Pang Yuhao
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Students criticise high cost of graduation gown hire

Students have criticised the prices for hiring and buying graduation gowns charged by Ede & Ravenscroft, a specialist tailor recommended by most universities for graduation attire.

It costs £45 to hire a graduation gown for a day and £135-£175 to buy one from the tailor, in comparison to Churchill Gowns in Australia, which charges £34 and £72 respectively.

Some universities receive commission from the amount charged, according to The Times. More than two-thirds of 135 institutions surveyed by The Sunday Times stated that students should seek the tailor’s services.

For example, Keele University told students in an email that gowns should be purchased from “authorised supplier of academic dress Ede & Ravenscroft”, and warned that students wearing “incorrect gowns or hoods” would not be admitted on graduation day.

The Times also reported that when a student from the University of Liverpool asked whether he could wear graduation robes from a different company, they responded: “Your academic dress will need to match the gown and hood provided by Ede & Ravenscroft exactly or you will not be able to graduate.”

Ede & Ravenscroft, who also outfit Warwick students for graduation, have demonstrated support for students campaigning for more affordable gowns.

“The fact that we tender and win contracts to supply academic dress does not mean an institution’s students are obliged to do business with us,” they said. “Students have the right to choose from where they hire or buy their academic dress.”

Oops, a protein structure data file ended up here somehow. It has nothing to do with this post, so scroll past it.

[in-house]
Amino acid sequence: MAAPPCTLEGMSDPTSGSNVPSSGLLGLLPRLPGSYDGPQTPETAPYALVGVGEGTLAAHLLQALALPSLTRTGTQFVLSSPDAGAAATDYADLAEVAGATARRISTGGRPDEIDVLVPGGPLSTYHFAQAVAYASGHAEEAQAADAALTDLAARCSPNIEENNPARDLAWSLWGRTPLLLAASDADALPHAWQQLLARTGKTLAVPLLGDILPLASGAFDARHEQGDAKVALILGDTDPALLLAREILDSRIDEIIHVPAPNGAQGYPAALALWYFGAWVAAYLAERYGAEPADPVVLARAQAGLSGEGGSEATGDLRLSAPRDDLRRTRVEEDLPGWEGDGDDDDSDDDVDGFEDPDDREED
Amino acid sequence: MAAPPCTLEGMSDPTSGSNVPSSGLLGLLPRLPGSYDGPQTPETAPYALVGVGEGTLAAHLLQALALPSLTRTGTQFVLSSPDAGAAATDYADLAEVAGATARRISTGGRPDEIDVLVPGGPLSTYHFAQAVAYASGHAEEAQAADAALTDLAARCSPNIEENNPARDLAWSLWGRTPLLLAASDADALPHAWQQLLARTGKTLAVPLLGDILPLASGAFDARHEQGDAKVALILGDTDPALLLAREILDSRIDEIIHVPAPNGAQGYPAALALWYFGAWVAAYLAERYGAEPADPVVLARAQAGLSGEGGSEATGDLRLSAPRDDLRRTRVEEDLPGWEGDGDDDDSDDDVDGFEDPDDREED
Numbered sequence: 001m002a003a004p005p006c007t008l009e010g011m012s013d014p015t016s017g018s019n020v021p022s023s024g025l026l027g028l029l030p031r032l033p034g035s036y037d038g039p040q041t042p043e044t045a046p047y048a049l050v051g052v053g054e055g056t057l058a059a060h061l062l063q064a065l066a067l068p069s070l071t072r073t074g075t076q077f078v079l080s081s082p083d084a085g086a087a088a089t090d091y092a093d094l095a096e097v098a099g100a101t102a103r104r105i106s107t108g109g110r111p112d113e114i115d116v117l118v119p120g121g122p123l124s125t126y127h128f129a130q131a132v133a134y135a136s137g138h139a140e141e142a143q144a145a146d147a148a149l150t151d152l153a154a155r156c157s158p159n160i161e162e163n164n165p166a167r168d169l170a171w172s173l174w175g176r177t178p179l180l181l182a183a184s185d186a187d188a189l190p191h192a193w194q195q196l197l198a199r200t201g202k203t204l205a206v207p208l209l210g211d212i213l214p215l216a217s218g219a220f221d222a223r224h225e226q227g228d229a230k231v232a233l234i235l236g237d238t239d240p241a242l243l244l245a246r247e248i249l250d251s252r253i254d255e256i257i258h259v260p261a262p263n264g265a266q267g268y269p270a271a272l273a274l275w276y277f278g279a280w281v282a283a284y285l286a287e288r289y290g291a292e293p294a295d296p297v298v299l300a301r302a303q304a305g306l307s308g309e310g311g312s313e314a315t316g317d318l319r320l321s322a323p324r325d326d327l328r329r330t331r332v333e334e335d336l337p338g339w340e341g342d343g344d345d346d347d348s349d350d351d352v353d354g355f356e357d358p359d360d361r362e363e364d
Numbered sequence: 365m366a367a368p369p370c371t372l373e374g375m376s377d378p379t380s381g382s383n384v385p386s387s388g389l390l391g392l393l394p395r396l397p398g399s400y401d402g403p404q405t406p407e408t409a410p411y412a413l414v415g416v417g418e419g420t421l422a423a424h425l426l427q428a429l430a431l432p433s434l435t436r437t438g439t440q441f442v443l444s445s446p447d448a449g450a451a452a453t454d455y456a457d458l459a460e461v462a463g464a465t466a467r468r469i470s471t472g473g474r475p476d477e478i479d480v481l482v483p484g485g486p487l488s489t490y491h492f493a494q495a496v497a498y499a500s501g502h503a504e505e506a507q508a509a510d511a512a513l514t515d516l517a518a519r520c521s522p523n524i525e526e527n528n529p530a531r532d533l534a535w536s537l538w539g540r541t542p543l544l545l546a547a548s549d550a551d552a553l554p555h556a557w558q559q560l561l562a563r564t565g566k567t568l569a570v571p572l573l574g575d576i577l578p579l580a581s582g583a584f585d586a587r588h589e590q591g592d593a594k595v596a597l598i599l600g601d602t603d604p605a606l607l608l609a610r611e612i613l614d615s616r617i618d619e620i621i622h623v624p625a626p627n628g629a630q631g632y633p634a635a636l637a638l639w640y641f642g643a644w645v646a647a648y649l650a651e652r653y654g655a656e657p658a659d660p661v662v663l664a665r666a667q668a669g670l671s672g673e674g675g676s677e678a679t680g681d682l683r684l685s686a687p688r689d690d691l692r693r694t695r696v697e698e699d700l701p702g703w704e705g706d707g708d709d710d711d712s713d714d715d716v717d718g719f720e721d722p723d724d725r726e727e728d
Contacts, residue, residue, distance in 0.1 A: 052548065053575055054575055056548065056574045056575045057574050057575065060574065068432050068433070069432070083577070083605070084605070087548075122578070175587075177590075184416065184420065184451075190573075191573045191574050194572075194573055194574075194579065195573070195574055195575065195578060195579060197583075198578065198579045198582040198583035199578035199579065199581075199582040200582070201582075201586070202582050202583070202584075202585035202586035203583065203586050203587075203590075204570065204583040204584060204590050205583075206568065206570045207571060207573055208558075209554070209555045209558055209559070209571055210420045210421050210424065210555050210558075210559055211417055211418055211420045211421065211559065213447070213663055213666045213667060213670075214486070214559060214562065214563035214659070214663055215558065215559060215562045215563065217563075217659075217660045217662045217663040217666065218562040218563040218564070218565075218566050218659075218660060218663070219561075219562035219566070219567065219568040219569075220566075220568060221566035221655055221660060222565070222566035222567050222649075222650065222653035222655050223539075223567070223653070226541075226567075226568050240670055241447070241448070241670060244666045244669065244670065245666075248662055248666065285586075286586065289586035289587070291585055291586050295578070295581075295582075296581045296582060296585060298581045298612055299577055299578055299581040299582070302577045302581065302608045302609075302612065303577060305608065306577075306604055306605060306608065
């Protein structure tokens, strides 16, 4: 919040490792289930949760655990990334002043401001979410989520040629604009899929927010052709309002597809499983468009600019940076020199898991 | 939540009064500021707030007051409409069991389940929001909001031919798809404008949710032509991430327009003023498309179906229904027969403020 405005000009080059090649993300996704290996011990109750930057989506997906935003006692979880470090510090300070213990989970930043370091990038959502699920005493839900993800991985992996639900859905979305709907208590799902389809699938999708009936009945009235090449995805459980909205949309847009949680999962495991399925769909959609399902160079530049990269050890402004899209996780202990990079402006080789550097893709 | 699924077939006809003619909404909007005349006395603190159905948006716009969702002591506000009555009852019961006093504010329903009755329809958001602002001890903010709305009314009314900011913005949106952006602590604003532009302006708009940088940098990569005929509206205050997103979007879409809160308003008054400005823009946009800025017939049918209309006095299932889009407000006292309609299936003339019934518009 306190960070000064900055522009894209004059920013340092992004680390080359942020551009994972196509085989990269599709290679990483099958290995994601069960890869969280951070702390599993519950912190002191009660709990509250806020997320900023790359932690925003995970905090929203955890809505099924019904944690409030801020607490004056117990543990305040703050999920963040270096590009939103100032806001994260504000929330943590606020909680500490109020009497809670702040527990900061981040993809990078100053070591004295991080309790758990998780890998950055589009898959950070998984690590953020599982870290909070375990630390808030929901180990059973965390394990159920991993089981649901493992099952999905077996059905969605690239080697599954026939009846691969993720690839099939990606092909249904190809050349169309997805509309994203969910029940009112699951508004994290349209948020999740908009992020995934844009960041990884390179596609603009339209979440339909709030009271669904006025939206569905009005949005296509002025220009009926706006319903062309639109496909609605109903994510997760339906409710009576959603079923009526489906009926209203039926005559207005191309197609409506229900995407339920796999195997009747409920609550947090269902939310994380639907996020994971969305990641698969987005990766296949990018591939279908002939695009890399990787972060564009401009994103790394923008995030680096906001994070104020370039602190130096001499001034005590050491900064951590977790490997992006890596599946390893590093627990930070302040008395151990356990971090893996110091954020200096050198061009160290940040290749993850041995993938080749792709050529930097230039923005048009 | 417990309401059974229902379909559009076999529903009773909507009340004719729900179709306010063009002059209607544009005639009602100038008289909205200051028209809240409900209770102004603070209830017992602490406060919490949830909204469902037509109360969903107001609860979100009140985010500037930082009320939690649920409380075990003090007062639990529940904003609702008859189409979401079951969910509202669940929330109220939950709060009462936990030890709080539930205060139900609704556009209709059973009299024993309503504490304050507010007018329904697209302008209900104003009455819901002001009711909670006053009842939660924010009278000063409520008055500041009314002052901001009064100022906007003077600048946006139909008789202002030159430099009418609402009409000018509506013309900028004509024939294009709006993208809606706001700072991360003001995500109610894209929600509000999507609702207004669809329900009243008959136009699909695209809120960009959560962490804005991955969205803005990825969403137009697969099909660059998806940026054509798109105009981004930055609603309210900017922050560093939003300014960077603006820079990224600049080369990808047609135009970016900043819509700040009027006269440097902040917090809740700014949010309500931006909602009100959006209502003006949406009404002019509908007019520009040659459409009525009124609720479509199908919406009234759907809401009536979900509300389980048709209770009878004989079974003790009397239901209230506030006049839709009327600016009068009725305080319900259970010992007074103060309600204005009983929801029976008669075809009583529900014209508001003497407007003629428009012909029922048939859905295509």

“Your academic dress will need to match the gown and hood provided by Ede & Ravenscroft exactly or you will not be able to graduate.”

– University of Liverpool


Churchill Gowns, which is based in Australia, also supplies UK universities with graduation gowns.

They entered into a legal battle with the University of St Andrews, whoobjected to the tailor selling ceremonial red robes for £60 less than authorised gowns.

Ruth Nicholls, operations director at the Australian tailor, responded: “There’s no intellectual property associated with a 500-year-old gown. It doesn’t have any design rights, it doesn’t have any copyright, so why can’t students choose?”

A spokesperson from St Andrews clarified: “Our dispute with Churchill Gowns has nothing whatsoever to do with the matter of monopoly and is concerned only with the fact that representatives of Churchill last year attempted to pass themselves off as official agents of the university in selling gowns.

“Students who bought from Churchill’s pop-up shop believed they were buying from the university and were offered free beer and misleading leaflets.”

Meanwhile, students at the University of Reading voted recently to campaign for gowns of a lower cost.

Alan Smithers, director of the Centre for Education and Employment Research (CEER) at Buckingham University, also commented: “The market needs to be opened up to the choice of the parents and the graduates.


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